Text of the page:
Changing the world isn’t all about “giant leaps” and single moments of innovation. Our successes are built through the actions of hardworking everyday people, and they are achieved one step at a time.
That’s the lesson of “Hidden Figures,” a biographic film depicting the female black mathematicians who worked on NASA’s Project Mercury, the program that made history by sending the first American astronauts into space. Along with their work on the groundbreaking program, the three main characters also made history as some of the first women of color to hold high-ranking positions in NASA.
The film’s simple story of perseverance and empowerment resonated with more than 200 Washington state girls and their families this Martin Luther King Jr. Day at a special showing of the film arranged by Techbridge, an after-school STEM program for girls.
Techbridge aims to break down gender stereotypes by introducing girls to female role models in science, technology, math and engineering, along with weekly after-school activities that help girls deepen their education in these areas.
At the event, Techbridge volunteers took pictures of the young attendees with inspirational slogans, many wearing costume versions of the iconic cat-eye glasses worn by the film’s main character, Katherine Johnson. The organization collected the pictures and notes from the girls to send to the real-life Johnson, who is now 98.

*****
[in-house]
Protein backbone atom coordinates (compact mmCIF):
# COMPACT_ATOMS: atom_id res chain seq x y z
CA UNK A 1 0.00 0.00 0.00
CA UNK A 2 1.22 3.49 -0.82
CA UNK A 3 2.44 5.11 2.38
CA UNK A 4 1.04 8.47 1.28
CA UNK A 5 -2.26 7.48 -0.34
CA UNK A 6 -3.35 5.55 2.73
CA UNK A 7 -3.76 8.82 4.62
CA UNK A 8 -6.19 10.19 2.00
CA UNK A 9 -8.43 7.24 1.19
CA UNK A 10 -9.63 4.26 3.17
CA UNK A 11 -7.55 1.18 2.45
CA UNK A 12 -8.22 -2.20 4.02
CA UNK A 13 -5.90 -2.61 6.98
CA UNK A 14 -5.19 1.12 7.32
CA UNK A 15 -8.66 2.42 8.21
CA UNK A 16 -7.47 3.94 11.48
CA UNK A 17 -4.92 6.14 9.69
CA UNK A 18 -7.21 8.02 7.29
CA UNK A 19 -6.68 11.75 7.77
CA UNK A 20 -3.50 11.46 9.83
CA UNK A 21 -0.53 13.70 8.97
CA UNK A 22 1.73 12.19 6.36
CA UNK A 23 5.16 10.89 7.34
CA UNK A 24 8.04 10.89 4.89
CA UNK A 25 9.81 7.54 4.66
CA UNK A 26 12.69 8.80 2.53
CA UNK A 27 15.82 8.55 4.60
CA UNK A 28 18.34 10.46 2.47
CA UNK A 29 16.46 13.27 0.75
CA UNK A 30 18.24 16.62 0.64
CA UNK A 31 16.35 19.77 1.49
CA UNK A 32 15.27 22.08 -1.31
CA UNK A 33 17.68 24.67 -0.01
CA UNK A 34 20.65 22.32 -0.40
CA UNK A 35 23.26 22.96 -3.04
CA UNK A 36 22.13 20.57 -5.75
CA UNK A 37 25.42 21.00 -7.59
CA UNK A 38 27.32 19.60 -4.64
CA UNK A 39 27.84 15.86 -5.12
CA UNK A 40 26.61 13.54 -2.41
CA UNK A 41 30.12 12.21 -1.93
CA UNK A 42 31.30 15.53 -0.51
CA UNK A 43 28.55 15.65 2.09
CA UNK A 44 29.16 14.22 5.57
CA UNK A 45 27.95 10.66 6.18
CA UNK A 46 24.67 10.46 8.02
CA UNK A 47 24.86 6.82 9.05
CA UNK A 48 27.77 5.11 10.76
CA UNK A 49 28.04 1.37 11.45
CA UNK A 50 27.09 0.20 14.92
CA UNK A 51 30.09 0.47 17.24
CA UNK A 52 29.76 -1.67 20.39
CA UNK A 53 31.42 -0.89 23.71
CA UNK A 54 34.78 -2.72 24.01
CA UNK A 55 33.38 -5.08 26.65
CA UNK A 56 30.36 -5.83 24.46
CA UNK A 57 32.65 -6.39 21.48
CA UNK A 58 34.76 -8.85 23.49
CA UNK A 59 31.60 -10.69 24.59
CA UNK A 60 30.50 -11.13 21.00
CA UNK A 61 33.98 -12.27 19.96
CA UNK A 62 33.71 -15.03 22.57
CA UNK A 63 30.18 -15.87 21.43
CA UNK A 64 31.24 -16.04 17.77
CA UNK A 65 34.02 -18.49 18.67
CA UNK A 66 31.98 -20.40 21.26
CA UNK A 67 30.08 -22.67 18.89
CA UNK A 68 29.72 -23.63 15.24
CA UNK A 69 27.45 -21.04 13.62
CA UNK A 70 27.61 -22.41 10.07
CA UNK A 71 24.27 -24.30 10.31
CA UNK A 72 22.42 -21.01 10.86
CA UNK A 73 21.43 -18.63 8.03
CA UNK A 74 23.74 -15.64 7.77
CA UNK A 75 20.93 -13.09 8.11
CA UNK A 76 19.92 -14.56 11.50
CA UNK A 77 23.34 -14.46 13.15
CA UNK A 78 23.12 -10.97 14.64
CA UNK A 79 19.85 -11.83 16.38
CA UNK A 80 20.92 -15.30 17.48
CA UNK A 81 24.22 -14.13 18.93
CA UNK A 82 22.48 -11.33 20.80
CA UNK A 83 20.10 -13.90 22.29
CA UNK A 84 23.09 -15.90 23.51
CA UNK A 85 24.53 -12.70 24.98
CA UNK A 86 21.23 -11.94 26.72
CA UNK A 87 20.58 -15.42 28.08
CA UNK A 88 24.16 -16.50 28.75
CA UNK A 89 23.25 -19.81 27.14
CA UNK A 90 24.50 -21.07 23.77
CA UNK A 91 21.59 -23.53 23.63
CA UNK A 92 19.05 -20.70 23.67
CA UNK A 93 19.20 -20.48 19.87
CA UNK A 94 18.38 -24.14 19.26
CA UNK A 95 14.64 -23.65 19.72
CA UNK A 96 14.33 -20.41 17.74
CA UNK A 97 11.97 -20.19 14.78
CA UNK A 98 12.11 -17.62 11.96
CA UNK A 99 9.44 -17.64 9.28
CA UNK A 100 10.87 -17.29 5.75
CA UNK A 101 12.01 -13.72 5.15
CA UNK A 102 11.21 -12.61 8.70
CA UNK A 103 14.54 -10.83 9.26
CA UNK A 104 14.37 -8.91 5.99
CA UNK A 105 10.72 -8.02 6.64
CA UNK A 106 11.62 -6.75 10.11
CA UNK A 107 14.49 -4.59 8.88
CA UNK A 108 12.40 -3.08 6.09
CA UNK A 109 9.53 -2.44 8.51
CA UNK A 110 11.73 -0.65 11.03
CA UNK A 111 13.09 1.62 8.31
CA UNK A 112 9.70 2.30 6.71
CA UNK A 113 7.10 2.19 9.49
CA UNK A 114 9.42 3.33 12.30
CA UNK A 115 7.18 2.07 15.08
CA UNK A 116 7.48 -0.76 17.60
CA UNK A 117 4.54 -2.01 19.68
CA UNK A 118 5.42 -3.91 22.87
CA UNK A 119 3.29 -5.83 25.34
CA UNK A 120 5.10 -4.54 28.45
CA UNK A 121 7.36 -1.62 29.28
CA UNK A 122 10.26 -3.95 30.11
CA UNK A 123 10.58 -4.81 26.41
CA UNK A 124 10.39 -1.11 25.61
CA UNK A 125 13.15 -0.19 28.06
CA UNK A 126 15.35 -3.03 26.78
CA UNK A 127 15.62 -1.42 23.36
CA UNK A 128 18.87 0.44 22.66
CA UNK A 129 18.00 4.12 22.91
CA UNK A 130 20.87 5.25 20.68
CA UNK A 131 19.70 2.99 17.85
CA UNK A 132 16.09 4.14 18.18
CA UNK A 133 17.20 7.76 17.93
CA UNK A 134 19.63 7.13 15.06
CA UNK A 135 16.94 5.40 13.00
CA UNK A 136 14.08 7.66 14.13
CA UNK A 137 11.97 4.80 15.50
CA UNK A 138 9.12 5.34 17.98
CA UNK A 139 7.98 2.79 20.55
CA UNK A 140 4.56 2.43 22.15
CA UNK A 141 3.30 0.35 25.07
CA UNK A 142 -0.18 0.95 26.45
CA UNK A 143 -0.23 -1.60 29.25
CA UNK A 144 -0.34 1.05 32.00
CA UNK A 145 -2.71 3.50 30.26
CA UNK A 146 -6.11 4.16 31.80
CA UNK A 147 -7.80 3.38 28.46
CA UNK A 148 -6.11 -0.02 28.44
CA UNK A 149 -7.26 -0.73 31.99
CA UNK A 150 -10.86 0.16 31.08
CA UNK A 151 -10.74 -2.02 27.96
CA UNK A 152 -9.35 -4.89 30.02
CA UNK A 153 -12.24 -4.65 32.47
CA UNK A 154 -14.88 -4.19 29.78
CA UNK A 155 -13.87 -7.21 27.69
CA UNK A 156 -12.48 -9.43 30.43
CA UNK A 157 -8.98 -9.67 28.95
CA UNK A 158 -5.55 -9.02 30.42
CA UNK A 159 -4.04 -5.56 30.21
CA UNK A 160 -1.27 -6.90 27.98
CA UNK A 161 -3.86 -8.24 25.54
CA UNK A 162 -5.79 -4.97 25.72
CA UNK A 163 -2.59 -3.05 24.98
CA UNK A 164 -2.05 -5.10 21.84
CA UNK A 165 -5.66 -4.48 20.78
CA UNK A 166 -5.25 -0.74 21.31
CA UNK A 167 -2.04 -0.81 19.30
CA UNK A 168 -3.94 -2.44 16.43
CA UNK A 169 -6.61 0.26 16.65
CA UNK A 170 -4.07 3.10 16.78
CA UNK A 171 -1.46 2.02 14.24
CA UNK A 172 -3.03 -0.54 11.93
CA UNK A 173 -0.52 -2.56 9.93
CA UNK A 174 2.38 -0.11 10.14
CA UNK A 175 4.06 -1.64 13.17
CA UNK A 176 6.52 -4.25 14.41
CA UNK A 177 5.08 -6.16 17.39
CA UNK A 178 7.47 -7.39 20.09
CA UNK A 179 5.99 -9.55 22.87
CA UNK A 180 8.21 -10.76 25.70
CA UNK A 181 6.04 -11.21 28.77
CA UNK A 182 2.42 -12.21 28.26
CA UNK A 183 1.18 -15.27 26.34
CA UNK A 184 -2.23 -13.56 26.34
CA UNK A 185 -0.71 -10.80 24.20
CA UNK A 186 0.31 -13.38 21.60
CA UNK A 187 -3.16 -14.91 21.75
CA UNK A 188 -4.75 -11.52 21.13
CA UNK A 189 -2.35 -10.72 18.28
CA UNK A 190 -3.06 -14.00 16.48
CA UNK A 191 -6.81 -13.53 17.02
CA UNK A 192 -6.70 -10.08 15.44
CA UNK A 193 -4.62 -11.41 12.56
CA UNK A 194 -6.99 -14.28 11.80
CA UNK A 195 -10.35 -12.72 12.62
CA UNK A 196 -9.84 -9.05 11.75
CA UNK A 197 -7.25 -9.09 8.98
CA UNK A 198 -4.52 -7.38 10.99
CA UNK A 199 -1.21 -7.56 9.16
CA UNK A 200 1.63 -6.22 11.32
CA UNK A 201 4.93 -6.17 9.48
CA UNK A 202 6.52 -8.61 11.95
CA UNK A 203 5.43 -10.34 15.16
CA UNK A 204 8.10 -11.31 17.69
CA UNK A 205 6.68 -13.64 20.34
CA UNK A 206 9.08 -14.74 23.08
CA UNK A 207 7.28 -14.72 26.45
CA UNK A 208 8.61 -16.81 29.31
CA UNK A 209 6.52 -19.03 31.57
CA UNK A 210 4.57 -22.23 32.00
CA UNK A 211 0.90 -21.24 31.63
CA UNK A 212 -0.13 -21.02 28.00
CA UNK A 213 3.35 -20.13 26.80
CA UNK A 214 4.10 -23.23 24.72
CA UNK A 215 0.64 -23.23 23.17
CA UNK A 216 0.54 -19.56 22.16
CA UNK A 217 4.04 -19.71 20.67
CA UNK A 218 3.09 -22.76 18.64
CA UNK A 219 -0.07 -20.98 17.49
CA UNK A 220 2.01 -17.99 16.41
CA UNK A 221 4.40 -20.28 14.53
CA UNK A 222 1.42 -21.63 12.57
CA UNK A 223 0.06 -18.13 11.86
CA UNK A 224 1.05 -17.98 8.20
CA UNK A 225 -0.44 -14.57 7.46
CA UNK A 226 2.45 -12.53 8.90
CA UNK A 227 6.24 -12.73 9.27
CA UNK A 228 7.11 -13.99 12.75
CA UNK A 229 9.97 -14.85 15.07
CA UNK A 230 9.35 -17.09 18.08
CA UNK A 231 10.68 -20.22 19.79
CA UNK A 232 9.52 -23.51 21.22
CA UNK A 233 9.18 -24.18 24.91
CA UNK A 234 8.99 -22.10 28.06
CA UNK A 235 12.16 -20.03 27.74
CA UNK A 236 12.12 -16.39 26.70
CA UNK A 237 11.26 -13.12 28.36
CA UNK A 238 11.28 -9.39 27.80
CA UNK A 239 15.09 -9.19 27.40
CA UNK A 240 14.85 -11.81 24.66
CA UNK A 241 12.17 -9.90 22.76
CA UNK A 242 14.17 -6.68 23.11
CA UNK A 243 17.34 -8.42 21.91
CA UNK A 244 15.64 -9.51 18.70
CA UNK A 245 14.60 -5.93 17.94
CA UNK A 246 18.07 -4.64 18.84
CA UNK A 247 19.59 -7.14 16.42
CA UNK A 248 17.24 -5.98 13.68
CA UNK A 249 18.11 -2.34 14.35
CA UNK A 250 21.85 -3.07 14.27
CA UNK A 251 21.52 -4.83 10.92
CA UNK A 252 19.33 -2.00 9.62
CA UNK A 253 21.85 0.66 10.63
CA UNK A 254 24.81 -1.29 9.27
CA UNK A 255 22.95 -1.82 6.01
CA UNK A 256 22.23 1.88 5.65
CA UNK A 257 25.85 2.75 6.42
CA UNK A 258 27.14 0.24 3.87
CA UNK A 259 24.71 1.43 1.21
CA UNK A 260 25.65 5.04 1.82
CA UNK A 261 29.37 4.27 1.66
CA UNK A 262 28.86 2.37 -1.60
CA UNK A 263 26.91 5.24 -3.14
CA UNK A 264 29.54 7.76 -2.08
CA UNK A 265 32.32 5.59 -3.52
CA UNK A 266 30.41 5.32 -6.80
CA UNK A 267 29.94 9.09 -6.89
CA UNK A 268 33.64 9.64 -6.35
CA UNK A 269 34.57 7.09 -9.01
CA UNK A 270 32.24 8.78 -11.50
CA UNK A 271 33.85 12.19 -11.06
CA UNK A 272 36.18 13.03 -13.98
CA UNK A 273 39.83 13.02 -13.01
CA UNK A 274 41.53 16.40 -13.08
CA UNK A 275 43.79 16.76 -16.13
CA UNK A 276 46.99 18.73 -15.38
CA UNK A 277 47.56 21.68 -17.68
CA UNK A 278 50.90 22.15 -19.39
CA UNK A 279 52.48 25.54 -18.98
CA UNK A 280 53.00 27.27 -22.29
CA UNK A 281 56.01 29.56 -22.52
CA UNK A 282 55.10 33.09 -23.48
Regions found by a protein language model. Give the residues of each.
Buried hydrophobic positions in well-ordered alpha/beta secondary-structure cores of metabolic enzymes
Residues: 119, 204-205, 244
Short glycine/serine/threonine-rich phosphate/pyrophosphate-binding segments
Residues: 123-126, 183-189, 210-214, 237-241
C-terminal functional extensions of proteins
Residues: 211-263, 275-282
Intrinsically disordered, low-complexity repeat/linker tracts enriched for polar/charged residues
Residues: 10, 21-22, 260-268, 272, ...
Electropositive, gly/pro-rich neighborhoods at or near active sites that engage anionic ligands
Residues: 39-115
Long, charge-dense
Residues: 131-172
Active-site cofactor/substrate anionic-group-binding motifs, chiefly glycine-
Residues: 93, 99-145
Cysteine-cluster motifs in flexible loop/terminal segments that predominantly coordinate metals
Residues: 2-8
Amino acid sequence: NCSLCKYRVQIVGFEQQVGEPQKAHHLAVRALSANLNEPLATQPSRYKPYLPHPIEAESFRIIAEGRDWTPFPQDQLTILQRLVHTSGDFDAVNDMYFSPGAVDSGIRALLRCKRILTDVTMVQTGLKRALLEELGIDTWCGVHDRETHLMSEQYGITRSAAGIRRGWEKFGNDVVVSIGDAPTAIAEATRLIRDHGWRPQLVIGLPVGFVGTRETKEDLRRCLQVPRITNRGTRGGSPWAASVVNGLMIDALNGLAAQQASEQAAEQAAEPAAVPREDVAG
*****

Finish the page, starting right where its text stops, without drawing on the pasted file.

You would be hard pressed to find more inspiring role models for women in STEM than Johnson and her compatriots, Dorothy Vaughan and Mary Jackson. “Hidden Figures” follows these NASA “computers” as they work on the calculations for Project Mercury, raise families and navigate the complex political landscape of a segregated Virginia.
All three women went on to break ground in NASA: Vaughan became the space agency’s first black supervisor when she was named the head of the electronic computer division there, and later became the first black head of personnel; Jackson became NASA’s first black female engineer; and Johnson was awarded a Presidential Medal of Freedom in 2015 for her work on calculating flight trajectories for dozens of NASA missions.
“I really liked it, and it was a lot of fun to see how one person could do all that math,” said 10-year-old Kate Denney, who convinced her mother Jo Ann to take her and a friend to see the film on their day off from school.
Denney said she likes math, and has even jumped a grade ahead in the subject.
Her favorite part of the movie? “It was really cool how she found out that her math was wrong and she had to redo it,” she said, referring to a point in the film when Johnson changed her team’s approach to calculating the trajectory for John Glenn’s historic orbital mission.
“I think when you go to a movie like this, especially with young girls, you’re looking to empower them,” Jo Ann Denney said. “These women that came before them were strong enough to think out of the box and bring some creative ideas to an environment that could easily have suppressed them.”
Johnson, Vaughan and Jackson certainly changed the world in their time, and with a little help the next world-changing idea might come from one of the thousands of girls who were inspired by their stories.